Despite the torn sidewalks and threatened businesses, there is that thing about how destruction that leads to creation, and developments in both cities point to the hope of new construction in the future. The Asian American Press celebrates the visit of U.S. Secretary for Housing and Urban Development Shaun Donovan to the future site of Frogtown Square on University and Dale, the Downtown St. Paul Voice describes the refurbishing of the Union Depot, the Southwest Journal considers the potential Bus Rapid Transit (BRT) stations along 35W, and a hearing about future Snelling Avenue construction addressed the need for a better north-south bike corridor in that city (Monitor—not yet online). The Alley Newspaper suggests that Phillips make 24th Street the center of community spirit as the Wellness Corridor, which would be supported by Dallas Johnson’s Bridging Minneapolis project. Johnson (winner of the most recent FEAST—congratulations!) aims to paint murals on the 24th Street bridge over 35W.

Apart from neighborhood construction, there are the kinds of bridges that people build. Jason Croonenberghs at the Circle reports on the first year and a half of the Native American Somali Friendship Committee, which focuses on youth connections between the two communities. Although finding funding has been challenging, the intentions of the committee remain strong:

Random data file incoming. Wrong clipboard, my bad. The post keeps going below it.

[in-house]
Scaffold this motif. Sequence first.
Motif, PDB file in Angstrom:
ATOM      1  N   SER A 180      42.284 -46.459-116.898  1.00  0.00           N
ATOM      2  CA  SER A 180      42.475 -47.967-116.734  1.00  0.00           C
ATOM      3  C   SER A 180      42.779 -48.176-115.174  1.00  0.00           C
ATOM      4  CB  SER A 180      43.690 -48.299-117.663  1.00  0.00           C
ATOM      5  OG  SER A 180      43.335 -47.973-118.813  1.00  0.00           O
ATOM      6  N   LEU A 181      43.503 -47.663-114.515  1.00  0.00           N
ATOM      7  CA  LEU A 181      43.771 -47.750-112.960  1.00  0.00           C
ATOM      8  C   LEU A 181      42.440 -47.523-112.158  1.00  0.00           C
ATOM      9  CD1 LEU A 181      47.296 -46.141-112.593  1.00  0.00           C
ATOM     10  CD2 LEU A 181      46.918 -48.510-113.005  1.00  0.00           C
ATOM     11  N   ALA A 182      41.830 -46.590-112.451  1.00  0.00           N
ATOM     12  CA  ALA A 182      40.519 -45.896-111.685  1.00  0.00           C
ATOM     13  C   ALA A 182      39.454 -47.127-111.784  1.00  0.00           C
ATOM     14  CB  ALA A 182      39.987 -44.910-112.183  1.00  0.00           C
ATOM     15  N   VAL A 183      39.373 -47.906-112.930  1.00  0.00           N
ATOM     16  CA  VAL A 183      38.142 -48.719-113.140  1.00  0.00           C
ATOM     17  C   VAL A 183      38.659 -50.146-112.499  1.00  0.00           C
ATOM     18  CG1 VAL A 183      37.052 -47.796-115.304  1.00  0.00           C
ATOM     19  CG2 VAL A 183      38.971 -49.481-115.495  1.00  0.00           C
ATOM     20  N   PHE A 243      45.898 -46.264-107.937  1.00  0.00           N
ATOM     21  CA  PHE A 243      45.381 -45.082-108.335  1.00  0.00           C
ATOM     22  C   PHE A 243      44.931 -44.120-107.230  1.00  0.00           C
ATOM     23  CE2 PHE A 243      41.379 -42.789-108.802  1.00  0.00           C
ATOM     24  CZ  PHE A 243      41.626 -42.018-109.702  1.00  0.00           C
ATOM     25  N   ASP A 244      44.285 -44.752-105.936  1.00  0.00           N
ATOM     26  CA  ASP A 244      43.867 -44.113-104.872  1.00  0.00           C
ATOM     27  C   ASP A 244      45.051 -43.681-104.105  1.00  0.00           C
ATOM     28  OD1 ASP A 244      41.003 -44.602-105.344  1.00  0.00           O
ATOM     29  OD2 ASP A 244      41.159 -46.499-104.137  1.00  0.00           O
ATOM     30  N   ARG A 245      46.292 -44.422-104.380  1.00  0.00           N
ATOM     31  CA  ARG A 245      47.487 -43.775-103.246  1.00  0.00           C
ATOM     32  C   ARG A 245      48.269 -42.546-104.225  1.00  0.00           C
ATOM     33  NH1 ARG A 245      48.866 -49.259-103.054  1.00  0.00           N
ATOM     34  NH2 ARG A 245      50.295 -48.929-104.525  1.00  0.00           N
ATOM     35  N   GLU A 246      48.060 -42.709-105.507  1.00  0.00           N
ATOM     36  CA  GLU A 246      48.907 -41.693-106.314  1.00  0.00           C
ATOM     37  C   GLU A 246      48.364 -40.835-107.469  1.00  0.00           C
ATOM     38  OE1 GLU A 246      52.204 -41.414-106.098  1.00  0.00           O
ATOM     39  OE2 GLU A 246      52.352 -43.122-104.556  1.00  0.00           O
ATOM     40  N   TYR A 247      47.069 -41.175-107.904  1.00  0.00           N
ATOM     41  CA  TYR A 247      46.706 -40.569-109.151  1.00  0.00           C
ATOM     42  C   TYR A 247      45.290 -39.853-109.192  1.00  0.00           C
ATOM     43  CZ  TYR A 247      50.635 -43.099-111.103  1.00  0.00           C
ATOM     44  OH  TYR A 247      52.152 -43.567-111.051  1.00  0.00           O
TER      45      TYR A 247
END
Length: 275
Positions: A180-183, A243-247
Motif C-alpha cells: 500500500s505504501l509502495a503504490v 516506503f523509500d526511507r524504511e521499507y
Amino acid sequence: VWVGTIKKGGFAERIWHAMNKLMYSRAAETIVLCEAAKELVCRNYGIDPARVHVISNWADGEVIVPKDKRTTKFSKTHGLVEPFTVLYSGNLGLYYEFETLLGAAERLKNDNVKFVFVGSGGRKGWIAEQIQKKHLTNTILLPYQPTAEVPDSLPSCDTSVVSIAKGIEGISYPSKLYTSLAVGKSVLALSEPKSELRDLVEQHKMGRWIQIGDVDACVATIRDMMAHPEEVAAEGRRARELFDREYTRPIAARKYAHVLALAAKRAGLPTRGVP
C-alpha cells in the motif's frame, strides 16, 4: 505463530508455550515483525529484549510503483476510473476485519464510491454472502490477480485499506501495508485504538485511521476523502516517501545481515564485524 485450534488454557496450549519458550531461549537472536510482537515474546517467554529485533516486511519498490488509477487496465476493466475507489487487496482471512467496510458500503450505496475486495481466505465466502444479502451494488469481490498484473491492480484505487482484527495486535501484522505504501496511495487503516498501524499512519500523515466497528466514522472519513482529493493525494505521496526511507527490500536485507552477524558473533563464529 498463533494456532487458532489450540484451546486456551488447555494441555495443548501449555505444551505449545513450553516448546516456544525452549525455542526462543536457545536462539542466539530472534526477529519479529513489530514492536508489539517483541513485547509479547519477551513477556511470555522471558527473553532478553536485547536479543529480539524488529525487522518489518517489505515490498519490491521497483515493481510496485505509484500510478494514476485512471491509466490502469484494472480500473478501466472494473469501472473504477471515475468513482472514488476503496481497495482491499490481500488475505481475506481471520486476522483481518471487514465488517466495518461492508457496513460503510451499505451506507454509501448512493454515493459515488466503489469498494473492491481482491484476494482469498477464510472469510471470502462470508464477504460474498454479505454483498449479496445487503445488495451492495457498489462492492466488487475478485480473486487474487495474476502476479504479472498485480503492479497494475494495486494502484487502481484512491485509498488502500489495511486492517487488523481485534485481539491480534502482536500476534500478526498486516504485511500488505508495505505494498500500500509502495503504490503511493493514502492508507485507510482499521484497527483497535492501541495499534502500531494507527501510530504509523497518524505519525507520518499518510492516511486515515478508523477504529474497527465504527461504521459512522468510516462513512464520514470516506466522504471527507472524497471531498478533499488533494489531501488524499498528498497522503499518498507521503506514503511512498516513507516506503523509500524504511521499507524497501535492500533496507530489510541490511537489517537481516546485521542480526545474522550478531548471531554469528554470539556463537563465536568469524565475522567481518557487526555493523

The board has heard suggestions of bringing Somali youth out to Minnesota’s lakes and rivers and showing them the wild rice harvest, or involving them in making maple sugar. “We have many tribes which we can [learn from] in Minnesota,” [Wade] Keezer [an Ojibwe activist] said…

[Ahmed Saleh, a Somali community organizer] is quick to describe some of the possibilities her Somali culture can share with others. “We have talked at our past meetings about bringing our elders in and showing the Native youth how to draw with henna, a plant used for ink and hair dyes.”

Croonenberghs adds, “NASFC encourages people interested in the Native and Somali communities to attend their meetings.” Read the story for more information.